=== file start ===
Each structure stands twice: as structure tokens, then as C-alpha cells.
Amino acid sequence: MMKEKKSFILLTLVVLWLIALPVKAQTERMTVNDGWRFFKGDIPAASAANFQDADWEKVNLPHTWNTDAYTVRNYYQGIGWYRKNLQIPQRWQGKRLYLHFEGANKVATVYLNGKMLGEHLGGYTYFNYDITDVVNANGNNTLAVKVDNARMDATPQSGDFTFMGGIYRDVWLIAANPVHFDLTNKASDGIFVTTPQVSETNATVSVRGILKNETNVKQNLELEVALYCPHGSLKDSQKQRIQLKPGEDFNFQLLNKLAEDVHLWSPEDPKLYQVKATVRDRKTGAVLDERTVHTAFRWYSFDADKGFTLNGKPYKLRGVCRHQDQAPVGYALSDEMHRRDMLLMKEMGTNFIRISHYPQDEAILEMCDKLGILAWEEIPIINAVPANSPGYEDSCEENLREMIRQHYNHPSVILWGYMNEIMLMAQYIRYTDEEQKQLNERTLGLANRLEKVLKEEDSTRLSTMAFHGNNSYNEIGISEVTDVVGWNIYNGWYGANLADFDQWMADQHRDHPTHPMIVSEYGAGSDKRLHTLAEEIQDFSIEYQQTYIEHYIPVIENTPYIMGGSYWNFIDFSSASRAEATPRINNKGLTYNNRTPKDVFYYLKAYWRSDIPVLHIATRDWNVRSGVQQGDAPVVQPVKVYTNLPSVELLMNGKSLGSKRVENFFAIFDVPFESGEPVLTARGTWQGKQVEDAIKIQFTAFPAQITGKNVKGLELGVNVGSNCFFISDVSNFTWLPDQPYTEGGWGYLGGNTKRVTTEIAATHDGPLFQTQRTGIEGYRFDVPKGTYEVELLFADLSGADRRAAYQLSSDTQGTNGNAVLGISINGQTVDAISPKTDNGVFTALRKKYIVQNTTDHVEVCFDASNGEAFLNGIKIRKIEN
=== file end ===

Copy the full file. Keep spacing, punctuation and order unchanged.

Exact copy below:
Each structure stands twice: as structure tokens, then as C-alpha cells.
Amino acid sequence: MMKEKKSFILLTLVVLWLIALPVKAQTERMTVNDGWRFFKGDIPAASAANFQDADWEKVNLPHTWNTDAYTVRNYYQGIGWYRKNLQIPQRWQGKRLYLHFEGANKVATVYLNGKMLGEHLGGYTYFNYDITDVVNANGNNTLAVKVDNARMDATPQSGDFTFMGGIYRDVWLIAANPVHFDLTNKASDGIFVTTPQVSETNATVSVRGILKNETNVKQNLELEVALYCPHGSLKDSQKQRIQLKPGEDFNFQLLNKLAEDVHLWSPEDPKLYQVKATVRDRKTGAVLDERTVHTAFRWYSFDADKGFTLNGKPYKLRGVCRHQDQAPVGYALSDEMHRRDMLLMKEMGTNFIRISHYPQDEAILEMCDKLGILAWEEIPIINAVPANSPGYEDSCEENLREMIRQHYNHPSVILWGYMNEIMLMAQYIRYTDEEQKQLNERTLGLANRLEKVLKEEDSTRLSTMAFHGNNSYNEIGISEVTDVVGWNIYNGWYGANLADFDQWMADQHRDHPTHPMIVSEYGAGSDKRLHTLAEEIQDFSIEYQQTYIEHYIPVIENTPYIMGGSYWNFIDFSSASRAEATPRINNKGLTYNNRTPKDVFYYLKAYWRSDIPVLHIATRDWNVRSGVQQGDAPVVQPVKVYTNLPSVELLMNGKSLGSKRVENFFAIFDVPFESGEPVLTARGTWQGKQVEDAIKIQFTAFPAQITGKNVKGLELGVNVGSNCFFISDVSNFTWLPDQPYTEGGWGYLGGNTKRVTTEIAATHDGPLFQTQRTGIEGYRFDVPKGTYEVELLFADLSGADRRAAYQLSSDTQGTNGNAVLGISINGQTVDAISPKTDNGVFTALRKKYIVQNTTDHVEVCFDASNGEAFLNGIKIRKIEN